On October 9, the Associated Press released its weekly poll of the top 25 teams in the nation. After a streak of 472 consecutive polls, there was no team from the Sunshine State included in this elite group. This marks the state’s first absence in such rankings since 1982. And there are a few more schools in Florida playing in the FBS (formerly Division I-A level) than there were back then.
There is one glaring reason that could explain why this streak came to an end. The BCS programs at FSU, UF, Miami and USF all have head coaches in either their first or second year. In the meantime, the programs at UCF, FAU and FIU certainly aren’t making much of a case to pick up their big brothers’ slack.
But as St. Petersburg Times columnist John Romano points out in a piece on this subject, Florida is a hotbed of high school football players, many of whom have starred on national championship teams at the college level and on Super Bowl teams in the NFL. In fact, the state has produced 10 national titles in college football. Clearly, even to this day, the athletes are there.
The challenge then becomes attracting top players to these schools. It is much easier for an athlete to pick a school that has a well-established, successful coaching staff in place. It is less tempting to play in a program surrounded by uncertainty due to the newness of its coaches.
So, as college football enthusiasts living in Florida, where do things go from here?
The answer is hurry up and wait. Fans will have to be patient for another two, three, maybe five years before they see the Sunshine State’s teams consistently ranked among the top programs nationally. In addition, these new coaches will either prove themselves by winning conference championships or will be forced out due to a lack of progress. Because of the pressure to succeed at these tradition-rich schools, time is not on the side of these coaches.
It was the night of Wednesday, September 28, 2011. It was an important night, at least in my eyes. That night, the Tampa Bay Rays were playing the New York Yankees at Tropicana Field. It was the final game of the regular season for both teams. But it was far more important for the Rays as its result would determine the team’s future. If they won and Boston lost, the Rays would claim the American League wild card and a postseason berth. If they lost and Boston won, their season was over. A similar result in their game and Boston’s game meant a one-game playoff the following day to determine the wild card winner since the two teams had the same record.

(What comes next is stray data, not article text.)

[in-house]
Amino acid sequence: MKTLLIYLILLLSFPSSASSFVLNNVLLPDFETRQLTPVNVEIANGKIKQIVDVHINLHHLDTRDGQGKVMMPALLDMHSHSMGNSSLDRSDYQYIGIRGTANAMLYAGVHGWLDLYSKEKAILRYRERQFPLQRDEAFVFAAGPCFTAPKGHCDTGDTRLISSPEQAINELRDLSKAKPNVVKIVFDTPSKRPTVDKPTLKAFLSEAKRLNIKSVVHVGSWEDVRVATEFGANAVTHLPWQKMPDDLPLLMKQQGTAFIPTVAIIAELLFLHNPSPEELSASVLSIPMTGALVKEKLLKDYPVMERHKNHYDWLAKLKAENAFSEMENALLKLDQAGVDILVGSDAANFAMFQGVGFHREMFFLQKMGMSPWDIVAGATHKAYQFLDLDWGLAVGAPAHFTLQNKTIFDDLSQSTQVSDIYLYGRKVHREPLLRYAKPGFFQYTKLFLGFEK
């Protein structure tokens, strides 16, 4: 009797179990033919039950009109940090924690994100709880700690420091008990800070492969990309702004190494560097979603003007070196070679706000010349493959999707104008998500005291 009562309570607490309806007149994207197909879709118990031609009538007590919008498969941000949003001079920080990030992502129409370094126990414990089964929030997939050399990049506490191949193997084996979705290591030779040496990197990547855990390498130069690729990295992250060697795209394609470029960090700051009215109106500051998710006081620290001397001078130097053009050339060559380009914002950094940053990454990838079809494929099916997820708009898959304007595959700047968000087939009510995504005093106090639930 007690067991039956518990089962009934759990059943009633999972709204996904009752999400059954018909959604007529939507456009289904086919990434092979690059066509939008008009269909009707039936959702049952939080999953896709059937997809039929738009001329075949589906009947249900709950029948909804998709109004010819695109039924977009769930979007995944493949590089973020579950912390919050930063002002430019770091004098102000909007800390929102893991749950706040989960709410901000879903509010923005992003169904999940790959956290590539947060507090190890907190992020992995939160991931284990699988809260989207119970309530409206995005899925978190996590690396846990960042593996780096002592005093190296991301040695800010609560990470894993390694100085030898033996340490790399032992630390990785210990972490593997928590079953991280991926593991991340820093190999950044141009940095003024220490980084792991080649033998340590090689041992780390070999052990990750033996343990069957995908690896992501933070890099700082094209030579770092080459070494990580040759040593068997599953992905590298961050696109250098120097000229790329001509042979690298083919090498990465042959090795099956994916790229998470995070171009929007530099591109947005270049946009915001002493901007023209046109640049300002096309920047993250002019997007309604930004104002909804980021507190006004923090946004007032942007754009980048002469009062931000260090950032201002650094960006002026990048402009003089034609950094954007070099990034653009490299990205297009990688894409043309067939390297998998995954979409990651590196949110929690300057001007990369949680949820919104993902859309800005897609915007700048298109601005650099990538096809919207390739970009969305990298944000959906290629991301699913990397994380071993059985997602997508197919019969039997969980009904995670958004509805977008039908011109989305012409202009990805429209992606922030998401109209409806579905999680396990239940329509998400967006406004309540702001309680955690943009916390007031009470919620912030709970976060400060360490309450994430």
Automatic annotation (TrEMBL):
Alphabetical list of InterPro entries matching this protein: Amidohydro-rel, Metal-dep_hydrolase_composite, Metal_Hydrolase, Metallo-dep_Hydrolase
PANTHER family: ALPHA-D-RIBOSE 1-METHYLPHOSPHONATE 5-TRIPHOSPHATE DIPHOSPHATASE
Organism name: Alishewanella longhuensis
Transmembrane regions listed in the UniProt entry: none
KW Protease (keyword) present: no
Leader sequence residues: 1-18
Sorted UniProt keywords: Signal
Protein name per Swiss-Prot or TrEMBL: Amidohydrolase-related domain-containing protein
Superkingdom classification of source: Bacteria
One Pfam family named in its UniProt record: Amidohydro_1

Just a few innings into the game, the Rays trailed by what seemed like an insurmountable lead. It was 7-0 after Rays starter David Price struggled to one of the worst outings of his career. Meantime, the Red Sox had grabbed a 3-2 lead in Baltimore and were in the middle of a rain delay.
For some reason, I kept the Rays game on TV in the background. At the very least, I wanted to see how their season would end, thinking this would be the final day of it. At that point, I was glad I had turned down a friend’s offer to go since it was getting worse and worse.
Then something started happening in the eighth inning. The Rays started putting men on base. They started scoring some runs – just a few – to make the scoreboard operator do something. But when Evan Longoria stepped up to the plate and belted a pitch to left field, I knew the Rays were not done. You could just feel something special after listening to TV broadcaster Dewayne Staats call the three-run homer, which made it 7-6. Tampa Bay was a run away from tying the game after only collecting a pair of hits in the first seven innings.
Then came the ninth inning. Dan Johnson, who had struggled just to stay in the majors all season long, was at the plate for the Rays with two outs and no one on base. He was a strike away from ending what appeared to be an amazing comeback if he had swung and missed the next pitch. But he didn’t. He made solid contact and hit a ball that barely got over the right field wall to tie the game at seven. How in the world was this happening?
Fast-forward to extra innings when the Rays were batting in the 12th inning. The game was still knotted at seven. In Baltimore, the Orioles were threatening to tie the game against Boston closer Jonathan Papelbon. Before I could flip over to ESPN from Sun Sports, the O’s had tied it at three. Then, somehow, some way, Robert Andino drove in the winning run with former Rays leftfielder Carl Crawford diving to make a play but coming up short.
Since Baltimore had taken care of business and knocked off the Red Sox, the Rays were on the verge of history. In mere minutes after the other game had ended, Evan Longoria launched a pitch to left field and, somehow, some way, it left the yard and landed in the blue outfield seats, sending the Rays to an improbable comeback in their game and a trip to the playoffs that nobody could have ever imagined. If only I had been there.
I may be young, but I can’t imagine ever witnessing such dramatics in sports for the rest of my life. I also got to share the moment with my brother on the phone. He had called me no more than 30 seconds before Longoria’s game-winning blast to find out if I was watching. Fortunately I was. He had taken a nap when it was 7-0 and later awakened to see a tied ballgame. We both screamed and laughed when it was all said and done, finding it hard to believe what we had seen occur. A team with one of the lowest payrolls was in the playoffs. A team with one of the highest was not.
Timing is everything in life, and it was totally proven on this night.
Finding character in current and former athletes and coaches can oftentimes be a tough task. With the frequent news of athletes getting arrested for a variety of crimes, it has to make you wonder why Americans support certain players with long rap sheets.